The foreign policy offered by Sen. Barack Obama (D-Ill.) is bold, idealistic, muscular, expansive, Kennedy-esque.
It also is, as his Democratic rival Sen. Hillary Rodham Clinton (N.Y.) charges, naive and irresponsible. It sounds like the vision of a freshman Senator. Or, possibly, a Texas governor with no foreign policy experience.
Obama promises that, as president, he will do it all — visit on an unconditional basis with five of the world’s worst dictators in his first year; get out of Iraq and fight harder in Afghanistan and, maybe, Pakistan; rebuild old U.S. alliances and establish new ones; and double U.S. foreign aid and improve U.S. intelligence-gathering while abandoning nasty means like warrantless wiretapping.
He will “not hesitate to use force, unilaterally if necessary, to protect the American people or our vital interests whenever we are attacked or imminently threatened.” And he also would use force “beyond self-defense ... to support friends, participate in stability and reconstruction operations or confront mass atrocities.”
And that’s not all. He also will get control of the world’s loose nukes, reach out to the Muslim world in his first 100 days, close down Guantanamo Bay and give full constitutional rights to enemy combatants, rally the world to address global climate change, and kill and capture terrorists anywhere on the globe, but never, ever kidnap or torture any.
Of course, it’s perfectly legitimate for a presidential candidate to lay down a broad foreign policy vision, as Obama did in his terrorism speech Wednesday and in a Foreign Affairs article earlier this year.
But completely missing from Obama’s breathtaking agenda is any sense of priorities, limits, difficulties — or humility. His pronouncements exude hubris and inexperience.
Obama cannot speak or write without excoriating President Bush. His deepest dig on Wednesday was “because of a war in Iraq that should never have been authorized and should never have been waged, we are now less safe than we were before 9/11.”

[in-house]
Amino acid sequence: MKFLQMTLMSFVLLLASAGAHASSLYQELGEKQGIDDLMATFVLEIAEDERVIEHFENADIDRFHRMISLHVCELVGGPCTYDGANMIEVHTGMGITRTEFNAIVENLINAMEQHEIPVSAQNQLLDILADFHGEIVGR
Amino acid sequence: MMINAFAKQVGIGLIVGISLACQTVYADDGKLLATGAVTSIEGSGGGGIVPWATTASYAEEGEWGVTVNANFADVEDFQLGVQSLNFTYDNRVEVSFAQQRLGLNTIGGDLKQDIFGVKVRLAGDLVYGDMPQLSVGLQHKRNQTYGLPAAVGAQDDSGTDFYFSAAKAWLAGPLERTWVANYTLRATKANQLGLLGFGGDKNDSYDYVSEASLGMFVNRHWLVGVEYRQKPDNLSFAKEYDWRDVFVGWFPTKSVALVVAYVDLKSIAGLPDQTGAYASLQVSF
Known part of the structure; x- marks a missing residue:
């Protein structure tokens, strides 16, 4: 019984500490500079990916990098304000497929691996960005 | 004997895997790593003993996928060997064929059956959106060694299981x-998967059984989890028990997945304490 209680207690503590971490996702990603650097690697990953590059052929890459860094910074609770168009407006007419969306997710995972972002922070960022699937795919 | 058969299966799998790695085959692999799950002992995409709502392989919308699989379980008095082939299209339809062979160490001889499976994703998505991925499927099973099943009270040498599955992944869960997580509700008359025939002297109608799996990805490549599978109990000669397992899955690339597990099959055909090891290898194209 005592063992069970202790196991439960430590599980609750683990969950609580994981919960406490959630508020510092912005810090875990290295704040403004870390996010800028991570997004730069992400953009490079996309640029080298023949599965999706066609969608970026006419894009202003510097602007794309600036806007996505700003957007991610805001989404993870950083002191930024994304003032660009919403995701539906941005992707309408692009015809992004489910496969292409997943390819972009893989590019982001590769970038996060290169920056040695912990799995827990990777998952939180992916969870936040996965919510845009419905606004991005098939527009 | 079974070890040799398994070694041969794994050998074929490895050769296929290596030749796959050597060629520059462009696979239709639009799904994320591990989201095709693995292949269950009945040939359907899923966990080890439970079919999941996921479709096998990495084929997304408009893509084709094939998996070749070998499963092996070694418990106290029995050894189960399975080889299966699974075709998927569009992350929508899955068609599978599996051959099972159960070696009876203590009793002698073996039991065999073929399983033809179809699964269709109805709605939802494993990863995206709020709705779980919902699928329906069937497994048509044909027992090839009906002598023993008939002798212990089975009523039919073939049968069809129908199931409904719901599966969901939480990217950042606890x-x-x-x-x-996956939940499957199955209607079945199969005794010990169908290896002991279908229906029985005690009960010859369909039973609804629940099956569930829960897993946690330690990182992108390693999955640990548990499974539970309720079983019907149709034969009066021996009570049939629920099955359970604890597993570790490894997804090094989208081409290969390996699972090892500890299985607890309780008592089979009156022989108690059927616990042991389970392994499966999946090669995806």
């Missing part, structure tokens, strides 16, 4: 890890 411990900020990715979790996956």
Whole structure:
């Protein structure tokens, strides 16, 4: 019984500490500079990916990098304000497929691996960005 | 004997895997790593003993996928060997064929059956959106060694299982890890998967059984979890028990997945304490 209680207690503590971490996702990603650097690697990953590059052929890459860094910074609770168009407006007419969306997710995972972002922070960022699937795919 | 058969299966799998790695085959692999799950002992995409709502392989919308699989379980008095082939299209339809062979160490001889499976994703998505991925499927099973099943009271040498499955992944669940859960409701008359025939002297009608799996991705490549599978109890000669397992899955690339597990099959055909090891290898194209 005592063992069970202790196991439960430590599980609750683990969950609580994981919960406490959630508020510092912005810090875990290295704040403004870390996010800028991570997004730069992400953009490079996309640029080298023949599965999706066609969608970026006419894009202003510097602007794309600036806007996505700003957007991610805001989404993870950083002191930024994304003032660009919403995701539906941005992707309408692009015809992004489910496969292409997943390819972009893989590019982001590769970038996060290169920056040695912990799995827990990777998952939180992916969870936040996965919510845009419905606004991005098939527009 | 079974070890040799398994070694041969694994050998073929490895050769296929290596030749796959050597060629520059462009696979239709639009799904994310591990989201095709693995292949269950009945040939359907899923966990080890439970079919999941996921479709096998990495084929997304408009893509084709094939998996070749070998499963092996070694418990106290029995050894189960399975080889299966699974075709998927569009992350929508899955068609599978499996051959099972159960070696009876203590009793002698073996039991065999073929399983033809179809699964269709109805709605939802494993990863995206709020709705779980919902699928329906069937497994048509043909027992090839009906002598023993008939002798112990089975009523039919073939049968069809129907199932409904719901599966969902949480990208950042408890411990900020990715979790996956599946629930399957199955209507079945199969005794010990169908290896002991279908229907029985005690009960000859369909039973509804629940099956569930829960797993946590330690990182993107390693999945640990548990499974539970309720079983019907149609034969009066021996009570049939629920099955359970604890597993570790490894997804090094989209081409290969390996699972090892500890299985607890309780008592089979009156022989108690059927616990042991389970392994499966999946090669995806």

Besides being untrue — most Americans hardly knew there was an al-Qaida threat before Sept. 11, 2001 — his unremitting criticism of Bush will make it difficult for Obama to do what he says he wants to: reunite the nation behind difficult common purposes.
He accused Clinton, in their testy exchanges after the July 24 CNN-YouTube debate, of pursuing a foreign policy that is “Bush lite.” In fact, it’s Obama who most recalls Bush, notably his overambitious, we-can-implant-democracy-anywhere 2004 inaugural address.
Clinton, by contrast, conveyed a sense — well-earned — of having been around the Oval Office when hard choices had to be made. She had to know from her husband’s bitter experience convening a last-ditch Mideast summit at Camp David in 2000 that it’s dangerous for a president to undertake personal diplomacy “without preconditions.”
Any Democratic president — and any smart Republican, too — will abandon Bush’s first term policy of non-negotiation with adversaries. Secretary of State Condoleezza Rice, in fact, has abandoned it already.
Vice President Joe Biden waits to conduct a mock swearing-in ceremony with Sen. Brian Schatz, D-Hawaii, in the Capitol's Old Senate Chamber, December 2, 2014. Schatz was sworn in to serve the remainder of his term since he was appointed to the seat after Sen. Daniel Inouye, D-Hawaii, passed away.